For someone who wants to gain weight, 4.4 grams of carbs per kilogram of weight is sufficient. With that said, don’t be surprised if carbohydrates help you gain fat alongside muscles since carbs directly contribute to higher insulin levels and greater fat storage. In contrast, people who want to lose fat should consume 2.2 grams of carbohydrates per kilogram.

Plan What to Eat Before Workouts

What you eat before a workout totally depends on when you exercise. If you go to the gym first thing in the morning, have nothing but water. You can also drink black coffee if your goal is to lose weight since it can help you burn more fat in the session.

Your body relies on what you last ate for dinner during early morning workouts. It flushes stored carbs and components of proteins such as amino acids to fuel the energy for the exercise. Beware, consuming carbohydrates before a workout only can limit the amount of fat burned in a session.

In contrast, if you are exercising in the evening or afternoon, consider eating carbs and protein at least an hour before you begin exercising. Eating then will provide you fuel for exercise. Fifty grams of carbohydrates and 25 grams of protein is enough to keep you going.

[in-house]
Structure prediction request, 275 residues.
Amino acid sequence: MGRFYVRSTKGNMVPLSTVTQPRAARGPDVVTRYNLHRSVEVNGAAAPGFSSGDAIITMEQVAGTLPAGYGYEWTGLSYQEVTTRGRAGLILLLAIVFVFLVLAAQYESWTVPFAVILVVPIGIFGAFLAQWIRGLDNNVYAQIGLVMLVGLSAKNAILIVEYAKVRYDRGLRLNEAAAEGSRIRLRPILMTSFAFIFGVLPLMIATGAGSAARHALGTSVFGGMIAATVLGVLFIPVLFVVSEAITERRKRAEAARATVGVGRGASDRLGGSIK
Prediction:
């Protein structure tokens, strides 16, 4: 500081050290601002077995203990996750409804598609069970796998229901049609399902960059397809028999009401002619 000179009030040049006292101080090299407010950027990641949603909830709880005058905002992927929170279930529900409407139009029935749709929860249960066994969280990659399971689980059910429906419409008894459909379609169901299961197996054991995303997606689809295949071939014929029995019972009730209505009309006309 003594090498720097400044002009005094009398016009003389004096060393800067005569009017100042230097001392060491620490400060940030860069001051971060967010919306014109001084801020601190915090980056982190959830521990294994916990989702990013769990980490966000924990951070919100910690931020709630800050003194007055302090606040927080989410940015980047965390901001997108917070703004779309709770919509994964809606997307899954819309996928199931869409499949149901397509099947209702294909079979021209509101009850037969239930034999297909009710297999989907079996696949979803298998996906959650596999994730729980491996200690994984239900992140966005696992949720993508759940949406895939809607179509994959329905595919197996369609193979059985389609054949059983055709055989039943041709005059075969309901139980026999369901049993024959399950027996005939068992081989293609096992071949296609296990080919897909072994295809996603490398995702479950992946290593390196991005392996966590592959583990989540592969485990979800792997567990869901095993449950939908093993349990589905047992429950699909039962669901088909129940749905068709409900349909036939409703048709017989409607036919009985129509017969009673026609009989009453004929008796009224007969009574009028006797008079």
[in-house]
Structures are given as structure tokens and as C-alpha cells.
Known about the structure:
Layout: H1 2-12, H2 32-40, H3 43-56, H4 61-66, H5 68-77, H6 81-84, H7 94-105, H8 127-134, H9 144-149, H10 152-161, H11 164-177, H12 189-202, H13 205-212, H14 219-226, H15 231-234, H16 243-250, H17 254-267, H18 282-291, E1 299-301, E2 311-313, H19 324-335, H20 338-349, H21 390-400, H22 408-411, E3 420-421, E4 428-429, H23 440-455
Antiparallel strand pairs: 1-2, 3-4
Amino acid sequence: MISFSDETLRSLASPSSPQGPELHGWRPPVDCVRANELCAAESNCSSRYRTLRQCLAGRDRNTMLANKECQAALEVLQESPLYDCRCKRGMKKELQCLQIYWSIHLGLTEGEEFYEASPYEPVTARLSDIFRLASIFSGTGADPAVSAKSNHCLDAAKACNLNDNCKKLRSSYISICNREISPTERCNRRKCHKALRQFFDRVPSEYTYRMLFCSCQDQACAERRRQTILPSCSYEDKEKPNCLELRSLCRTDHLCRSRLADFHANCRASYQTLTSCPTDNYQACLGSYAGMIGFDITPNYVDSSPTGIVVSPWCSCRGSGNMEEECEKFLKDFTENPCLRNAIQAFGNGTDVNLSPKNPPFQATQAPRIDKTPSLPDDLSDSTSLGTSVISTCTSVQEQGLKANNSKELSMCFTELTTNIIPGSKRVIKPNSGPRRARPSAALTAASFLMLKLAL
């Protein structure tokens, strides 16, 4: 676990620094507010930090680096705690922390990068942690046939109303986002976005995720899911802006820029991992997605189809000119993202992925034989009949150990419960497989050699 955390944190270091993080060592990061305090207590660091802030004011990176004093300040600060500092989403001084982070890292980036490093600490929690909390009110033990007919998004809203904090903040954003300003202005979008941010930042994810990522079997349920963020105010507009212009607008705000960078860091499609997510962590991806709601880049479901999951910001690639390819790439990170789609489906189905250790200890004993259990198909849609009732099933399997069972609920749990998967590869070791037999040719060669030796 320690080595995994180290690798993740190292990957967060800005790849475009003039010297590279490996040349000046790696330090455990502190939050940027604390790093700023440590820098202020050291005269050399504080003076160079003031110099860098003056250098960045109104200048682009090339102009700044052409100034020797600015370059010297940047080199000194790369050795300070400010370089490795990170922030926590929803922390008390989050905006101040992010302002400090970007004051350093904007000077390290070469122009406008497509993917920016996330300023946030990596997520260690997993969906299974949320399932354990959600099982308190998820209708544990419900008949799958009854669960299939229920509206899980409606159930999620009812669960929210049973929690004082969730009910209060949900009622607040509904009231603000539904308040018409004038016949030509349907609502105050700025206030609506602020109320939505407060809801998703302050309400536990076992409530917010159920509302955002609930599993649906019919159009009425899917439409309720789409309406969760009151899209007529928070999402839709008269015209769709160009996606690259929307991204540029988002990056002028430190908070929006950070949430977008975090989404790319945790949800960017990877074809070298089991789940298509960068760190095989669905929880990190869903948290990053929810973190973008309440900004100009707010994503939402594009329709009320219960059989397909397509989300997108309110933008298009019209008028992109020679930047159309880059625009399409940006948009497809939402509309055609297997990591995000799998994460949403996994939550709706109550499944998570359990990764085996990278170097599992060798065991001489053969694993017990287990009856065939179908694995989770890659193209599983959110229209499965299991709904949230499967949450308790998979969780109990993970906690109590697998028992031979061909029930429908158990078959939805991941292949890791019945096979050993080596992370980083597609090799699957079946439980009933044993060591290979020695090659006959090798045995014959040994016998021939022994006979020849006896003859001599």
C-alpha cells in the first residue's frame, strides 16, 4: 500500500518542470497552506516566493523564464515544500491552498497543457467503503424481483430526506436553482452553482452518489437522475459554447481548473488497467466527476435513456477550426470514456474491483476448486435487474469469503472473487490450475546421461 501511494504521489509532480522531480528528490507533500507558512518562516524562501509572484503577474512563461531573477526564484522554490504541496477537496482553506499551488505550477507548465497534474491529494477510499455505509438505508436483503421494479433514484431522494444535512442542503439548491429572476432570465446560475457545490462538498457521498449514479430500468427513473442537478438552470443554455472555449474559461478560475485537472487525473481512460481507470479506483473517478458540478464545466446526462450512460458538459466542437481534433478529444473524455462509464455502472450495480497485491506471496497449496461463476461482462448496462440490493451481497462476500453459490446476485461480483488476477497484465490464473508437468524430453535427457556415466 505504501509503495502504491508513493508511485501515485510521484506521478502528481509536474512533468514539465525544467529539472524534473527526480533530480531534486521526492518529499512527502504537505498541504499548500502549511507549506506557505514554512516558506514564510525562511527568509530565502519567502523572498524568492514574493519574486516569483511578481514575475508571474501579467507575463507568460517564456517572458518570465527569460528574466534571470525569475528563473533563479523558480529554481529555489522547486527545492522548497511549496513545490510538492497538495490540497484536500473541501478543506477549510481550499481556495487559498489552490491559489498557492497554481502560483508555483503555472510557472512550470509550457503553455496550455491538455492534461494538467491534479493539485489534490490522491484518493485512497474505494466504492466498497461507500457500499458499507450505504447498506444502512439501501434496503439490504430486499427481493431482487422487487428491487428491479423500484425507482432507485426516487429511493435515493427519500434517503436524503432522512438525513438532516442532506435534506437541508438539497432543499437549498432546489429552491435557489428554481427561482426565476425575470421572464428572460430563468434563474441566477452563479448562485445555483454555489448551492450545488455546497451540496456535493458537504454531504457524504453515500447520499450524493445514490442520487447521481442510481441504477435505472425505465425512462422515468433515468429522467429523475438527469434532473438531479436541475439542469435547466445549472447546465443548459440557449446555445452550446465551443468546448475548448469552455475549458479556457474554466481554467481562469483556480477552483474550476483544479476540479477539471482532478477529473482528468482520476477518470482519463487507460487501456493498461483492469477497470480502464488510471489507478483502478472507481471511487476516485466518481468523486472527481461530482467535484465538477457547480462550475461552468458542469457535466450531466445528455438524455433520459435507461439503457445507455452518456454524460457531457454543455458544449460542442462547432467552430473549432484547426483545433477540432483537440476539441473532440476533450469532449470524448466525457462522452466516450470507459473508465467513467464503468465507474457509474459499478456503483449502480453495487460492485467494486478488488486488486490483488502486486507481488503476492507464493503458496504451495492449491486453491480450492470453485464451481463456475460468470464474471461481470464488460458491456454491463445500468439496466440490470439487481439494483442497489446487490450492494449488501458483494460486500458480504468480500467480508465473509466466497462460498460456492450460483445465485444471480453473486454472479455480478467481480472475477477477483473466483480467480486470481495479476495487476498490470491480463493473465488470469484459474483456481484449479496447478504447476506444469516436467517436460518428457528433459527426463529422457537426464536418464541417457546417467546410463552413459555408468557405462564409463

Plan What to Eat After Workouts

According to a European Journal of Applied Physiology study conducted in 2000, giving male subjects a mix of carbs, amino acids, or a placebo after weight training helped them gain more mass. The solution contained 6 grams of amino acids, a 6% carb solution, and a combination of both.

Researchers hypothesised that subjects who drank the solution minimised muscle protein breakdown after training. There is still debate regarding the exact amount of carbs and proteins. However, research proved that consuming it is better for muscle gain.

You can try drinking protein shakes with a 1-to-2 ratio of protein to carbs after workouts. Doing so will supplement essential post-workout nutrients. Since shakes are easily digestible, they can instantly provide your body with key nutrients.

With that said, if you want to save money, you can always eat whole food. Eating one or two pieces of fruit can give you enough carbs that muscles don’t break down after your session. Consider pairing fruit with a lean serving of protein such as fish if you can.

Can You Cheat Your Diet?

Well, experts agree that a healthy eating plan requires some leniency. You are allowed to have one cheat meal every week to keep you motivated for the long run.

Sample Daily Diet for the First Month in the Gym


  • Eight oz. black coffee
  • Three scrambled eggs
  • 2 cups unsweetened, cooked oatmeal flavoured with cinnamon


  • 3 oz. grilled salmon
  • Large raw salad with 2 tbsp. olive oil and vinegar
  • 2 cups baked or sweet potato


  • Meal-replacement shake containing 25g carbs, 50g protein, 5g fat


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  • 25g whey protein
  • One banana


  • 6 oz. baked chicken breast
  • 3 cups cooked jasmine rice or potato
  • 1 cup steamed broccoli


  • Make a pudding with 2 tbsp. almond butter containing a single scoop of chocolate casein powder and water